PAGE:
As traditional photography processes are passing into history, George Eastman House International Museum of Photography and Film
and the Image Permanence Institute
(IPI) at Rochester Institute of Technology are launching a Center for the Legacy of Photography. The Center, made possible by a generous $2 million grant from the Andrew W. Mellon Foundation, will focus on collecting and sharing knowledge about photographic materials of the 19th and 20th centuries.
The goals of the Center for the Legacy of Photography are to articulate the importance of understanding silver halide photography, ensure the study of its uniqueness as a fine art and visual communication medium, and document its technology and materials. The Center will operate under the joint directorship of Grant Romer of Eastman House and James Reilly of IPI.
The Centers work will begin in September 2009 at the conclusion of the 10-year Advanced Residency Program in Photograph Conservation, which has transformed the field of photograph conservation internationally. That program also was a joint venture between Eastman House and IPI, directed by Romer and Reilly and funded by the Mellon Foundation, a long-standing supporter of photograph conservation worldwide. Both Eastman House and RIT are committed to raising the additional funds needed to ensure the sustainability of the Center.
A key focus of the Center is to create a clear distinction between digital imaging and silver halide photography. Since the technology of photography is rapidly changing, a line must be drawn between what photography is now and what it was, said Romer. The art of photography and the enormous archival record created by means of traditional photography represent a legacy that must be understood and preserved. As silver halide photography passes into history, with it will pass its industrial technology, its aesthetic and commercial context, and nearly all firsthand knowledge of its chemistry, materials, and processes. We must understand and define the ways in which the material nature of silver-based photographs differs from that of digital images and to make clear that the preservation and interpretation of the two pose distinctly different challenges, originating in different material and cultural contexts.
IPIs James Reilly stated, In the 21st century, photography has undergone two historic transitions. The old question of Is photography art? has been decisively answered by a vigorous art market, expanding galleries in major art museums and intense interest in every aspect of photographic masterpieces. At the same time, photography as a chemical technology using light-sensitive silver emulsions has given way to digital imaging, changing the materials, the working methods, and the aesthetics of photography in profound and lasting ways.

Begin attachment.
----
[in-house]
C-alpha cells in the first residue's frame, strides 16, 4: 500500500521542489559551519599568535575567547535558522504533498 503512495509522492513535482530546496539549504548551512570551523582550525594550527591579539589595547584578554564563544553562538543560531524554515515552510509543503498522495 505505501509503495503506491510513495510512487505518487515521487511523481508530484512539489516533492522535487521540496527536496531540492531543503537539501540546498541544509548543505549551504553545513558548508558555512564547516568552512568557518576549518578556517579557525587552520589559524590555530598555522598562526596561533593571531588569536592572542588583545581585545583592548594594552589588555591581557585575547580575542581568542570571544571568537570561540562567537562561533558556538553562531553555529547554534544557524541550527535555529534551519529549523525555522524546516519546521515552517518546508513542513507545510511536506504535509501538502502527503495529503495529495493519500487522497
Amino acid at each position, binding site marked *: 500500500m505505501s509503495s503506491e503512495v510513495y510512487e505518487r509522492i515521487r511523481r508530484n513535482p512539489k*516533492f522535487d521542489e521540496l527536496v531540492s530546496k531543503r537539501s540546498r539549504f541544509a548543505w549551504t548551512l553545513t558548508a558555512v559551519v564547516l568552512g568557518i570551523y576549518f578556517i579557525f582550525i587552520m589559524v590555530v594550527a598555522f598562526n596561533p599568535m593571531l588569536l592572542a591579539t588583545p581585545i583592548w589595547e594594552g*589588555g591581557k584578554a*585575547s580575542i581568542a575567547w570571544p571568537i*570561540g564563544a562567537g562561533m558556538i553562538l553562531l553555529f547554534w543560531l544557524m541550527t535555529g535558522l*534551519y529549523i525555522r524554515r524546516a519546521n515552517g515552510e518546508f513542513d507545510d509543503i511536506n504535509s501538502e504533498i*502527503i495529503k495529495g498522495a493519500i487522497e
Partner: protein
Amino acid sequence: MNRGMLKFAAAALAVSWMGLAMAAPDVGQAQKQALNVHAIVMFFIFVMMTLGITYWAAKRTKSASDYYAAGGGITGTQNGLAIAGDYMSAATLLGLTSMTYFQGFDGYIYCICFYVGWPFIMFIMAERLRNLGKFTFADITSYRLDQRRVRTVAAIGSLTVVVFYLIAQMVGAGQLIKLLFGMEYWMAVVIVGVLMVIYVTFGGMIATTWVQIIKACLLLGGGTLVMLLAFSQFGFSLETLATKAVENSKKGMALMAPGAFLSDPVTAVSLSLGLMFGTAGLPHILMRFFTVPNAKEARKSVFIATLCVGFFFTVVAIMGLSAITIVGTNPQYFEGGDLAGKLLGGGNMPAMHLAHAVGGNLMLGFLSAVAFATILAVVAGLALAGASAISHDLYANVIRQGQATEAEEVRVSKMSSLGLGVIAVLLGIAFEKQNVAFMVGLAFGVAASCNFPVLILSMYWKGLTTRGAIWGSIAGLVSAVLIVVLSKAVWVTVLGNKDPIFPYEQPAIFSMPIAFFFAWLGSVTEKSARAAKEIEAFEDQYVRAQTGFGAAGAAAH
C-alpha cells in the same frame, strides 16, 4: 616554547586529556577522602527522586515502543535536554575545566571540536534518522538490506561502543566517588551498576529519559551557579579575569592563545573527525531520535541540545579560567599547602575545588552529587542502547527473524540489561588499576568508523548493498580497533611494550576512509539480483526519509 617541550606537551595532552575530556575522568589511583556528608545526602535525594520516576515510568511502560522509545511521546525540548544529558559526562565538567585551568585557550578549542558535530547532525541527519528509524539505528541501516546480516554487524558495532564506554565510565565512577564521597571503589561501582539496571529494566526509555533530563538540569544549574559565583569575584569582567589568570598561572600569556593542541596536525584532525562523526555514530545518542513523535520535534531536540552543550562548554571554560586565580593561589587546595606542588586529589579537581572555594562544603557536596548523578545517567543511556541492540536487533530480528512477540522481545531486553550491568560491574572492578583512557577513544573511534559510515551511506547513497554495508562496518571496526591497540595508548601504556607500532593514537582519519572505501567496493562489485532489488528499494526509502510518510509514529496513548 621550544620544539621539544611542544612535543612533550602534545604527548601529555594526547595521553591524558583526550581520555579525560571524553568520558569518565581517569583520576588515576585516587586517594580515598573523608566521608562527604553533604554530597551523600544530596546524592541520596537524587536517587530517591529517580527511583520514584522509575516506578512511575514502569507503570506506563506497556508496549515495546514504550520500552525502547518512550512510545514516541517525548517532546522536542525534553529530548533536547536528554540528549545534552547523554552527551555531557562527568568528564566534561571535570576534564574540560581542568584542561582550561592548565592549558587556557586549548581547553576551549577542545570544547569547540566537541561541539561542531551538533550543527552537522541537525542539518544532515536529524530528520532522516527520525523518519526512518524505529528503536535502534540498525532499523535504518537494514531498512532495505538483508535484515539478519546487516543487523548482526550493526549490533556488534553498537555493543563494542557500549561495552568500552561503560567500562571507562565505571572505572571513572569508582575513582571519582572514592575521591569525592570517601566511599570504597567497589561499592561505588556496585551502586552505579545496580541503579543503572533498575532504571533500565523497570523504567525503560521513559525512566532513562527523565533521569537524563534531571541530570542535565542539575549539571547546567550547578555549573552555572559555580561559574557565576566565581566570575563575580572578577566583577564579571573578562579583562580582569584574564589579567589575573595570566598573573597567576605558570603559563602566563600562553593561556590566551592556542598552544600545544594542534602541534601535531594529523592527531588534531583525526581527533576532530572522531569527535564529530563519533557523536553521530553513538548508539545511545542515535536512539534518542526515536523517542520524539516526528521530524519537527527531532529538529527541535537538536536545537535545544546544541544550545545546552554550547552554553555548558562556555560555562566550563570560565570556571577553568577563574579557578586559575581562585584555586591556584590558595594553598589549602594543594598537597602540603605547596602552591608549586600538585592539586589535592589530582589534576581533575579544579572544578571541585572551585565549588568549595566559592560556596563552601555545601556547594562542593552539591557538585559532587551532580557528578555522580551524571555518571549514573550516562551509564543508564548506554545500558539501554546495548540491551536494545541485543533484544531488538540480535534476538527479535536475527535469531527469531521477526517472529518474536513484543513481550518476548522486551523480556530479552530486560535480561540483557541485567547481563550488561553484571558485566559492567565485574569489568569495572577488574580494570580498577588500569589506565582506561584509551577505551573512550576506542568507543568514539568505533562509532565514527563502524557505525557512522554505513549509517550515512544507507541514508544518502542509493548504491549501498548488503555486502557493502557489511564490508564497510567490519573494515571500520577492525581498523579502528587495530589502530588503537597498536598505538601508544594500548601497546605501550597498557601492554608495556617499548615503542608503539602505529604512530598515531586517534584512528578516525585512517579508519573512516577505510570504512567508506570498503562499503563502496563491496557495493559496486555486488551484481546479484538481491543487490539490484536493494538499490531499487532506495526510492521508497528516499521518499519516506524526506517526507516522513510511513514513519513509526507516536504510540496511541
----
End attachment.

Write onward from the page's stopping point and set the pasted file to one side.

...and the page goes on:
George Eastman House is the worlds oldest museum of photography and the first institution in the world to offer programs in photograph conservation. IPI, which has a 28-year history of research and development in the field of collection preservation, is the leading academic research laboratory devoted to the preservation of photographs, film, and other forms of recorded information.
The Centers staff at Eastman House will focus on the connoisseurship and fine-art research aspects, while staff at IPI will focus on scientific characterization methods to illustrate the physical nature of photographs.
Education and Research
The Center will create specialized information resources for teaching and learning about photographs and their preservation. It will directly inform the appreciation of photographs through a materials-based art history that unifies the technical and aesthetic understanding of photography. Its primary activities will include scientific and scholarly research, workshops and educational forums, and information sharing through a dedicated web site.
Research at the Center will document the material nature of photographs and will become a resource for connoisseurship by publishing an atlas of the visually observable characteristics of photographic masterpieces, along with detailed information about technique, identifying marks, conservation issues, biography, and critical appraisal. Significant works by noteworthy photographers that exist in multiple variations, often within Eastman House, will be examined in depth to reveal the cause-and-effect relationship between how a photograph was made, how it has aged, and how its specific technical characteristics are intrinsic to its aesthetic qualities. The connoisseurship research will incorporate associated information from scrapbooks, journals, institutional documentation, oral history tapes, and other primary documents.
The Center will develop the best ways to visually capture and represent the material aspects of photographic objects, with the goal of documentation and educational presentation. Key characteristics of photographic prints, such as process identity, layer structure, surface texture, sheen, and image structure, will be studied at many different magnifications and with a variety of lighting techniques.
As a leader in education and research, the Center will offer various workshops, in cooperation with graduate and undergraduate conservation programs. These workshops will cover characterization methods, issues in photograph authentication, print appreciation, and historic processes, as well as guided instruction on the making of photographs. A dedicated Center for the Legacy of Photography web site will promote the knowledge and activities of the Center and offer scholarly resources, access to original research, downloadable educational materials, and announcements of the Centers events and activities.